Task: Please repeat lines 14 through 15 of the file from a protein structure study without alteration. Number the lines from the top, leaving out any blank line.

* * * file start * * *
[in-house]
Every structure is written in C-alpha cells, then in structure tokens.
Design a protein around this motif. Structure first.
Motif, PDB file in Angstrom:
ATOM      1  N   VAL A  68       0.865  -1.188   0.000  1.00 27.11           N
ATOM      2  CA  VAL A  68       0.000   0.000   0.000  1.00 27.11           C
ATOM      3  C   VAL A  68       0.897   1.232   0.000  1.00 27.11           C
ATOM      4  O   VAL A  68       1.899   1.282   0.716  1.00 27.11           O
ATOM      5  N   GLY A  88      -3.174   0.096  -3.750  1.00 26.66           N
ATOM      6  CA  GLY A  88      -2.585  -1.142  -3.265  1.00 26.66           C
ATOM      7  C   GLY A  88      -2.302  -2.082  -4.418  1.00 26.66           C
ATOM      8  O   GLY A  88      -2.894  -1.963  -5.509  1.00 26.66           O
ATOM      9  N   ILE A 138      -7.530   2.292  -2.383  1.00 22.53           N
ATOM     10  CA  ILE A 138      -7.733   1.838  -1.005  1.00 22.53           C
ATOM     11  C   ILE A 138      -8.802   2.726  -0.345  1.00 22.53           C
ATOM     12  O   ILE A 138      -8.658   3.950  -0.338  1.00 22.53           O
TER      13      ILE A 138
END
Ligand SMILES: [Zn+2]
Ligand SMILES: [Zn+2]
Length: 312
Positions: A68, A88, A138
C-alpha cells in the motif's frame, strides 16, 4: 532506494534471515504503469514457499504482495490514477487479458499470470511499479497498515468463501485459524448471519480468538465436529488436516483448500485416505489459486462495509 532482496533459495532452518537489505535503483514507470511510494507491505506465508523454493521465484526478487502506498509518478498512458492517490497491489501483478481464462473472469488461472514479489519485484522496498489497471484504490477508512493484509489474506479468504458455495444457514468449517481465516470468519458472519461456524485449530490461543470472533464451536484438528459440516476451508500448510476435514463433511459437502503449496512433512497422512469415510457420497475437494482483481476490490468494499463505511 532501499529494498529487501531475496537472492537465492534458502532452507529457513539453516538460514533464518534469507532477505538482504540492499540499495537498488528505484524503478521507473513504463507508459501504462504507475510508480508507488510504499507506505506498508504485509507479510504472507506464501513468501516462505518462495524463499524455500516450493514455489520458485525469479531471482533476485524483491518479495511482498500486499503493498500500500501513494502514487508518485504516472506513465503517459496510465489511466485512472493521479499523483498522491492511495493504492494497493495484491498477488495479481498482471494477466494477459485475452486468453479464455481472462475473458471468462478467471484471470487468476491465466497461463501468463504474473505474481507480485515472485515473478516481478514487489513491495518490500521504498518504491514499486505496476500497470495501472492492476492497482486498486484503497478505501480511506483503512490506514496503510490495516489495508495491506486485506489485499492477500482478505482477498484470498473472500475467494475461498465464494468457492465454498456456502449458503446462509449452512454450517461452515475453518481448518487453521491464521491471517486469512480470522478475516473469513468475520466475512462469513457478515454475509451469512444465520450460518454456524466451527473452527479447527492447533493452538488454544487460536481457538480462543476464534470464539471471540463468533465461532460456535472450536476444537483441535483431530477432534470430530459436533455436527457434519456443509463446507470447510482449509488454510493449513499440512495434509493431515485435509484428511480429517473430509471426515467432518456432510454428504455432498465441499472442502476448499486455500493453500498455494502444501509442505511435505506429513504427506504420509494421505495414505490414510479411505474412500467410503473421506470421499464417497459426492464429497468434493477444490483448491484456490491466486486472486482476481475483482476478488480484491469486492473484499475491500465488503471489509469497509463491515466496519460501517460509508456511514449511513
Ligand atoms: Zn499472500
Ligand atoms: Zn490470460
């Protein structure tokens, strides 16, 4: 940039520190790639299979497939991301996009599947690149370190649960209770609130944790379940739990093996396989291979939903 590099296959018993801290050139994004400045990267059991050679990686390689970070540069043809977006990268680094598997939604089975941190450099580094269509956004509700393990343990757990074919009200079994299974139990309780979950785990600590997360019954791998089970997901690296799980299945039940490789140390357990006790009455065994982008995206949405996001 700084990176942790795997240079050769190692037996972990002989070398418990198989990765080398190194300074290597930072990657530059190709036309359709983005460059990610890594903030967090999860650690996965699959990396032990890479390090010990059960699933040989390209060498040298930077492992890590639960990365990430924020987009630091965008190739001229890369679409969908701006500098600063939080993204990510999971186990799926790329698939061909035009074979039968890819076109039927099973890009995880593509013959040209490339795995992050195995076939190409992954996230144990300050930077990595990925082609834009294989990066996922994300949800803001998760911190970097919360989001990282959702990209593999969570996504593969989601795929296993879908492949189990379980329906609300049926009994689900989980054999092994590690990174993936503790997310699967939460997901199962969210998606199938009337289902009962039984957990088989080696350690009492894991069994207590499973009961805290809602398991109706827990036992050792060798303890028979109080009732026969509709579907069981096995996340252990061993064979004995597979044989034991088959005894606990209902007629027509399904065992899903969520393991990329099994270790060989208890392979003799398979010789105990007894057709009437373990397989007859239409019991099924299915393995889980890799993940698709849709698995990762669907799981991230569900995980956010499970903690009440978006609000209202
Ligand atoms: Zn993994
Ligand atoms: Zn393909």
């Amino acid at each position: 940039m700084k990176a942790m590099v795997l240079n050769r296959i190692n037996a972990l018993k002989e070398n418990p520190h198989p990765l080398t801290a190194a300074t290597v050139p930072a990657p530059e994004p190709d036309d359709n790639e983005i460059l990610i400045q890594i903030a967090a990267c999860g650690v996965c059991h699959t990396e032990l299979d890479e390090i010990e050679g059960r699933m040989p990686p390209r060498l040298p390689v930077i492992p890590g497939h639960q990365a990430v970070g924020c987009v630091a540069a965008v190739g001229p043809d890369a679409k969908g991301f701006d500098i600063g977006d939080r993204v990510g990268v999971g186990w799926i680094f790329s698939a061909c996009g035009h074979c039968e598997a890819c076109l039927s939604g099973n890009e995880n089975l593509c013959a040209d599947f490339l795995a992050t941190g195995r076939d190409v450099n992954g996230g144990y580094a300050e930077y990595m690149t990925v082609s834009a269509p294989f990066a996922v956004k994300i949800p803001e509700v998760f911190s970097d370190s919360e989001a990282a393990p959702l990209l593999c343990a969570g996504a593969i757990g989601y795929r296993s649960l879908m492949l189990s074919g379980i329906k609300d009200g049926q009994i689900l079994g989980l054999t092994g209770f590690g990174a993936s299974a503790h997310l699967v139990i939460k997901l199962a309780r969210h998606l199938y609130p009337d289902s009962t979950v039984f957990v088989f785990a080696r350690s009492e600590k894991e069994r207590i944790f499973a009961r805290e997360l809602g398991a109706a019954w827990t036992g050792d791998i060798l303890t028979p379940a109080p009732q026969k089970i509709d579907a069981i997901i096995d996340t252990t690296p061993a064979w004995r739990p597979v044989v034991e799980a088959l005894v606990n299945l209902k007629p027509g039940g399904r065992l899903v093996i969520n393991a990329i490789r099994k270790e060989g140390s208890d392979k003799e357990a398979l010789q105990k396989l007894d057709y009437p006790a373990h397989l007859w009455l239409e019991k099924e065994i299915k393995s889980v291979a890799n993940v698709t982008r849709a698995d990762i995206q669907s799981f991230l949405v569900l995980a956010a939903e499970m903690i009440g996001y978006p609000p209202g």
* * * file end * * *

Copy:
ATOM     10  CA  ILE A 138      -7.733   1.838  -1.005  1.00 22.53           C
ATOM     11  C   ILE A 138      -8.802   2.726  -0.345  1.00 22.53           C